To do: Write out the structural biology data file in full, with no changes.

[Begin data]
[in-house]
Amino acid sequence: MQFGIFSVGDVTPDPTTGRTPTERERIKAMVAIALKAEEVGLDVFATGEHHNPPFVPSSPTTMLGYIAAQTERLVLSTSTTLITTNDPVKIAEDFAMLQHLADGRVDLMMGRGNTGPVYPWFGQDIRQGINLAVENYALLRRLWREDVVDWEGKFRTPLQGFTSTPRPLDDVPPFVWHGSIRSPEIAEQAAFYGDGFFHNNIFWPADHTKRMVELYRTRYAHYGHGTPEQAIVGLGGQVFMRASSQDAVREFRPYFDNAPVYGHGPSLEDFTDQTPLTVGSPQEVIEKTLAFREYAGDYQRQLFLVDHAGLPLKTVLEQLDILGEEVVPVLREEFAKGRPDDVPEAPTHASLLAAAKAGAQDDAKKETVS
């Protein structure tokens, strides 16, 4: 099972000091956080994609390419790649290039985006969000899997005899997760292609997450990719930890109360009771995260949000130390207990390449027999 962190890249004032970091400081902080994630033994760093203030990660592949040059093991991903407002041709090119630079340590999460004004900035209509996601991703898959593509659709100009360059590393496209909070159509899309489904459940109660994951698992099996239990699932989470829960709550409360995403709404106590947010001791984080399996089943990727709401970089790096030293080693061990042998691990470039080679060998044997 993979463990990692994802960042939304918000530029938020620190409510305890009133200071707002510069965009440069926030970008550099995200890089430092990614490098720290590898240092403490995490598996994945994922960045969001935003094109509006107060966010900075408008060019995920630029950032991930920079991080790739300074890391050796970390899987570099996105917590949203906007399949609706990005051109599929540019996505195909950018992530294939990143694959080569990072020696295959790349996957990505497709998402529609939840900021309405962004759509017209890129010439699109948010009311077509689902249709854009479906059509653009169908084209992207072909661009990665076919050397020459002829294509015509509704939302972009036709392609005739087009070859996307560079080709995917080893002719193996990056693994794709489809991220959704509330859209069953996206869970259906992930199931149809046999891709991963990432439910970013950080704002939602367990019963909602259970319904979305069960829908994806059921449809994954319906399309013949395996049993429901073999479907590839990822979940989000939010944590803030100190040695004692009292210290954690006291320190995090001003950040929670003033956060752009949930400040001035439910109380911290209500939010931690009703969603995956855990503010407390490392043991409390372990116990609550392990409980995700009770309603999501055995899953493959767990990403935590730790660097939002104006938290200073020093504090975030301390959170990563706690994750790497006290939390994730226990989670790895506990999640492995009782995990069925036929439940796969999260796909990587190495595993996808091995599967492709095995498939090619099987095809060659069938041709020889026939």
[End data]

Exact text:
[in-house]
Amino acid sequence: MQFGIFSVGDVTPDPTTGRTPTERERIKAMVAIALKAEEVGLDVFATGEHHNPPFVPSSPTTMLGYIAAQTERLVLSTSTTLITTNDPVKIAEDFAMLQHLADGRVDLMMGRGNTGPVYPWFGQDIRQGINLAVENYALLRRLWREDVVDWEGKFRTPLQGFTSTPRPLDDVPPFVWHGSIRSPEIAEQAAFYGDGFFHNNIFWPADHTKRMVELYRTRYAHYGHGTPEQAIVGLGGQVFMRASSQDAVREFRPYFDNAPVYGHGPSLEDFTDQTPLTVGSPQEVIEKTLAFREYAGDYQRQLFLVDHAGLPLKTVLEQLDILGEEVVPVLREEFAKGRPDDVPEAPTHASLLAAAKAGAQDDAKKETVS
């Protein structure tokens, strides 16, 4: 099972000091956080994609390419790649290039985006969000899997005899997760292609997450990719930890109360009771995260949000130390207990390449027999 962190890249004032970091400081902080994630033994760093203030990660592949040059093991991903407002041709090119630079340590999460004004900035209509996601991703898959593509659709100009360059590393496209909070159509899309489904459940109660994951698992099996239990699932989470829960709550409360995403709404106590947010001791984080399996089943990727709401970089790096030293080693061990042998691990470039080679060998044997 993979463990990692994802960042939304918000530029938020620190409510305890009133200071707002510069965009440069926030970008550099995200890089430092990614490098720290590898240092403490995490598996994945994922960045969001935003094109509006107060966010900075408008060019995920630029950032991930920079991080790739300074890391050796970390899987570099996105917590949203906007399949609706990005051109599929540019996505195909950018992530294939990143694959080569990072020696295959790349996957990505497709998402529609939840900021309405962004759509017209890129010439699109948010009311077509689902249709854009479906059509653009169908084209992207072909661009990665076919050397020459002829294509015509509704939302972009036709392609005739087009070859996307560079080709995917080893002719193996990056693994794709489809991220959704509330859209069953996206869970259906992930199931149809046999891709991963990432439910970013950080704002939602367990019963909602259970319904979305069960829908994806059921449809994954319906399309013949395996049993429901073999479907590839990822979940989000939010944590803030100190040695004692009292210290954690006291320190995090001003950040929670003033956060752009949930400040001035439910109380911290209500939010931690009703969603995956855990503010407390490392043991409390372990116990609550392990409980995700009770309603999501055995899953493959767990990403935590730790660097939002104006938290200073020093504090975030301390959170990563706690994750790497006290939390994730226990989670790895506990999640492995009782995990069925036929439940796969999260796909990587190495595993996808091995599967492709095995498939090619099987095809060659069938041709020889026939």